A little less than 15 percent of the world’s population is in Africa. Although roughly 500 million people live in the many countries on the African continent, 75 percent of the land remains uninhabited. With expectations that the population of Africa could increase to 2 billion by the middle of the 21st century, a crisis in terms of enough food and water to support the increase has already begun developing.
More facts about the population of Africa:
- The majority of Africans live in areas that have plentiful supplies of drinking water. This includes the Nile Valley, areas along the Niger, South Africa and the coasts of West and North Africa.
- Nigeria is the most populous nation in Africa, with more than 155 million citizens. Ethiopia is second, with a population approaching the 91 million mark. By contrast, Uganda is the 10th most populous nation on the continent, with a population of more than 34 million.
- The least populated country in Africa is the tiny Republic of Seychelles, with about 800,000 residents. Once home to pirate hideouts, these tiny islands along the eastern coast of Africa are now a popular tourist attraction. Under British administration until 1976, Seychelles is now independent and has held elections for national offices since 1993.
Frequently Asked Questions
What percentage of the world's population currently resides in Africa?
As of the latest estimates, approximately 17% of the world's population lives in Africa. This figure represents a significant portion of the global population, highlighting Africa's role as a populous continent with diverse cultures and economies. The population of Africa is characterized by its rapid growth rate, which is faster than any other region on the planet.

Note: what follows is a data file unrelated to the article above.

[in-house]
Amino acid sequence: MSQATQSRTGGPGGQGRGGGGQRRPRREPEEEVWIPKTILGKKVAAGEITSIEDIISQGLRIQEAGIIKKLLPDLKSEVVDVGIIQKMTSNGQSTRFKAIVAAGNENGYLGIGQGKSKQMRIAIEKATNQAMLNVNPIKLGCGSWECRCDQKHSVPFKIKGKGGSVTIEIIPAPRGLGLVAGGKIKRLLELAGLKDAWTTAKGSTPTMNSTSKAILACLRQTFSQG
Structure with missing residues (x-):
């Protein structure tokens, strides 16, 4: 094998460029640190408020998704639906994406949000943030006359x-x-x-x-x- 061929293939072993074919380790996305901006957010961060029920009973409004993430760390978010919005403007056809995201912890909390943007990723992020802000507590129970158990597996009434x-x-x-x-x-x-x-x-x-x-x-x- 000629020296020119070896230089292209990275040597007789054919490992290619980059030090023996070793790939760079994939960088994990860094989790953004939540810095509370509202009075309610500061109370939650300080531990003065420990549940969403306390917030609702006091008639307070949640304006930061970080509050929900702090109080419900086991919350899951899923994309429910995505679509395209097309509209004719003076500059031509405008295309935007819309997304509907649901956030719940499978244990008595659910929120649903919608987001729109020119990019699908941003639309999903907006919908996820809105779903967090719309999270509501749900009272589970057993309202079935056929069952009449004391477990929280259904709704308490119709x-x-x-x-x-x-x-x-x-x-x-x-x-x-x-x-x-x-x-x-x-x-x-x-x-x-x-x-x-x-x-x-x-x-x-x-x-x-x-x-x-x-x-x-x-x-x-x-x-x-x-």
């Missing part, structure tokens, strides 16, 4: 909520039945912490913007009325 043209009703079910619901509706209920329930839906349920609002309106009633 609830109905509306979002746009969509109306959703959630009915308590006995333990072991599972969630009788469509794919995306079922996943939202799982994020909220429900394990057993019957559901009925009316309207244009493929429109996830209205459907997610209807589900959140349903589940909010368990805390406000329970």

How has Africa's share of the global population changed over time?
Historically, Africa's share of the global population has been increasing. In the 1950s, Africa's population was about 9% of the world's total. Since then, due to high birth rates and improving survival rates, the continent's population has grown rapidly. This trend is projected to continue, with predictions that Africa's population could account for up to 25% of the world's total by 2050.
What factors contribute to Africa's growing population?
Africa's population growth is driven by several factors, including high fertility rates, a young population structure, and improving health outcomes that lead to lower mortality rates. The continent has a high proportion of women of reproductive age and a cultural preference for larger families in many regions. Additionally, advancements in healthcare have reduced infant mortality rates and increased life expectancy, further contributing to population growth.
Which African countries have the largest populations?
Nigeria and Ethiopia are the most populous countries in Africa. Nigeria, with a population surpassing 200 million, is the continent's demographic giant. Ethiopia follows with a population of over 115 million. These countries are followed by Egypt and the Democratic Republic of Congo, both with populations over 100 million, making them significant contributors to Africa's overall population size.
What are the implications of Africa's population growth for the continent and the world?
Africa's rapid population growth presents both challenges and opportunities. It puts pressure on resources, infrastructure, and services, requiring significant investment in education, healthcare, and job creation. However, it also offers a potential demographic dividend, as a larger working-age population can drive economic growth if adequately supported. Globally, Africa's growing market and labor force can influence international trade, migration, and geopolitical dynamics.